Potash Find

Anything pertaining to railfanning in Michigan.

Re: Potash Find

Unread postby Raildudes dad » Tue Sep 24, 2013 8:27 pm

Sorry Dok, I'm skeptical on this one. I've got a file on transloading from Hersey. What I see happening is Mosaic buying out the mineral rights from Michigan Potash if the stuff is that good. Mosaic already has a plant up and running. That's a lot cheaper than a completely new plant. Time will tell
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Re: Potash Find

Unread postby Mike H » Sun Sep 29, 2013 4:14 pm

Ok, there are a few things that are kind of driving me crazy with this discussion. There are two ways of determining how big the opportunity is. The simplest way is 1,000,000 tons per year ÷ 100 tons per car = 10,000 cars per year. Or you can take 1,000,000 tons per year ÷ 110 tons per car = 9,090 cars per year. The thing you need to understand about potash is it typically moves to two types of locations. 1. Big terminals for export (example Thunder Bay) or regional distribution (example The Andersons in Webberville) 2. Smaller fertilizer dealers that sell directly to farmers. The big terminals are almost always good for 286k, a large majority of the smaller dealers are on lines only capable of 263k (example North Central Co-op in Coldwater on the Indiana Northeastern).

As it has been mentioned Michigan potash is extremely high quality which changes the dynamics of the situation. Some of the potash does get trucked directly to the farm or small fertilizer dealer, but Michigan potash usually gets trucked to a terminal to get blended with lower grade Canadian potash to bring up the quality. For this reason Michigan potash can fetch a higher price than other N. American deposits.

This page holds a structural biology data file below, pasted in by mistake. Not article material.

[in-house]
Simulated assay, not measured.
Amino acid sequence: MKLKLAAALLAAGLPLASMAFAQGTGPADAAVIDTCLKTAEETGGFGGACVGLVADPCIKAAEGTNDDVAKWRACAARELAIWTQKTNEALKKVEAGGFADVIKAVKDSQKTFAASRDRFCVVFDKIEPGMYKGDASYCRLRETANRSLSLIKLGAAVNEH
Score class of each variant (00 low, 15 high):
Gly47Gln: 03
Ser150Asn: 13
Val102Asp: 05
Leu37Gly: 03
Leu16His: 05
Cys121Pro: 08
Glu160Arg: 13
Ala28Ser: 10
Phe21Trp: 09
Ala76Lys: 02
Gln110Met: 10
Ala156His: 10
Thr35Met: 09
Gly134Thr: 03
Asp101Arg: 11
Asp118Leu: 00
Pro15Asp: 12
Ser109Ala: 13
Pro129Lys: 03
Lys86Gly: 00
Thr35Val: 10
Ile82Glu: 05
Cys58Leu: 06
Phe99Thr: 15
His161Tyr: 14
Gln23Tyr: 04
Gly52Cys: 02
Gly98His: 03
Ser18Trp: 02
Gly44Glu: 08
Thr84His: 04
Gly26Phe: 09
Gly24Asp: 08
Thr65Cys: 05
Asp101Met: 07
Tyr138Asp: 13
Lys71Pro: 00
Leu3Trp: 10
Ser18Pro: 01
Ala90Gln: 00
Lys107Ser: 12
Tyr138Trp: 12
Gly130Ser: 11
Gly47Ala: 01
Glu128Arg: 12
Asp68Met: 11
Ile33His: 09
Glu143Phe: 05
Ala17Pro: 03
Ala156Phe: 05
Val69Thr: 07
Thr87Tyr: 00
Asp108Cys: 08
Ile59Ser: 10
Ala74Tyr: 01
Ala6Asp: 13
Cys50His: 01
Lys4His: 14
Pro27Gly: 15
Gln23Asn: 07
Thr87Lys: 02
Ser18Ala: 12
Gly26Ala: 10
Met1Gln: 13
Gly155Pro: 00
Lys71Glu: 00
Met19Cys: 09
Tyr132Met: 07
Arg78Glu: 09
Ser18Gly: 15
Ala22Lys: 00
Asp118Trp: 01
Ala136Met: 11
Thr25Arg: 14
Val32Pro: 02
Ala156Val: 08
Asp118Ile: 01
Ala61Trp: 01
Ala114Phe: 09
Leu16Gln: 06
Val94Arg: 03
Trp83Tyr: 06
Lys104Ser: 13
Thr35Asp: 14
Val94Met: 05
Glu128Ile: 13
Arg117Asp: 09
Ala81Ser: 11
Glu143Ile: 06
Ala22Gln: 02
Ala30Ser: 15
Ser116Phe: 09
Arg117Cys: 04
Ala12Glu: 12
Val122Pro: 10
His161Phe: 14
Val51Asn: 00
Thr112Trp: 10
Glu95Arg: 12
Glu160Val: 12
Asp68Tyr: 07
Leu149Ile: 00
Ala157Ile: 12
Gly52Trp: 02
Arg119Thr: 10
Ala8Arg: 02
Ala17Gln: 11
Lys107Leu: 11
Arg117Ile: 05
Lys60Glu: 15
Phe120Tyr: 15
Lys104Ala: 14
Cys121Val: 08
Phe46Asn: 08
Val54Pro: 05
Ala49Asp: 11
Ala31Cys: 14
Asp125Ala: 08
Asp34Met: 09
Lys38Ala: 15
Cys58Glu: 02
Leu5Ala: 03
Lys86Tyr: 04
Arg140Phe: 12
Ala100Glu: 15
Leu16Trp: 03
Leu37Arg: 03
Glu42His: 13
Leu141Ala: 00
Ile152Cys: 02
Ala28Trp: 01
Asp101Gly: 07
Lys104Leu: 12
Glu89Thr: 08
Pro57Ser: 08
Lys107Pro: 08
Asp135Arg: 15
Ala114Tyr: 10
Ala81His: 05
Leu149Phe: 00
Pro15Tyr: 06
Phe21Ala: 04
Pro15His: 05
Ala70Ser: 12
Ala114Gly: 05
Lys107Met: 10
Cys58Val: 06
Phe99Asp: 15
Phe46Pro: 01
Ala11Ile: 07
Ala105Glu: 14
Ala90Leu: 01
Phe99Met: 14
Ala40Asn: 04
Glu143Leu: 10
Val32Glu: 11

The potash in Michigan is in "bands or veins" that range in depth. I can't remember exactly what Mosaic told me, but i think it ranges from 6 to 10 feet in depth or something like that. Because of the way this formation sites Mosaic told me it is more logical to solution mine here. Its important to know understand the side effect that comes with solution mining in this area. Michigan sits on a massive salt domes which is why you have Dow in Midland, Oxy in Ludington, Detroit Salt in Detroit, Morton in Manistee & a huge number of salt mines in Ontario. When you solution mine you will also extract naturally occurring salt. So in Hersey for example, for every ton of potash that Mosaic produces they also product two tons of salt as a byproduct. So this means if this new mine actually opens & they produce 1 million tons of potash by solution mining they will likely produce 2 million tons of salt as a byproduct assuming they have the same a similar breakdown to what Mosaic has. That means the opportunity here could be as big as 30,000 cars per year. For that kind of volume you can easily justify building a rail line depending on how far you have to go in addition to a couple other smaller factors.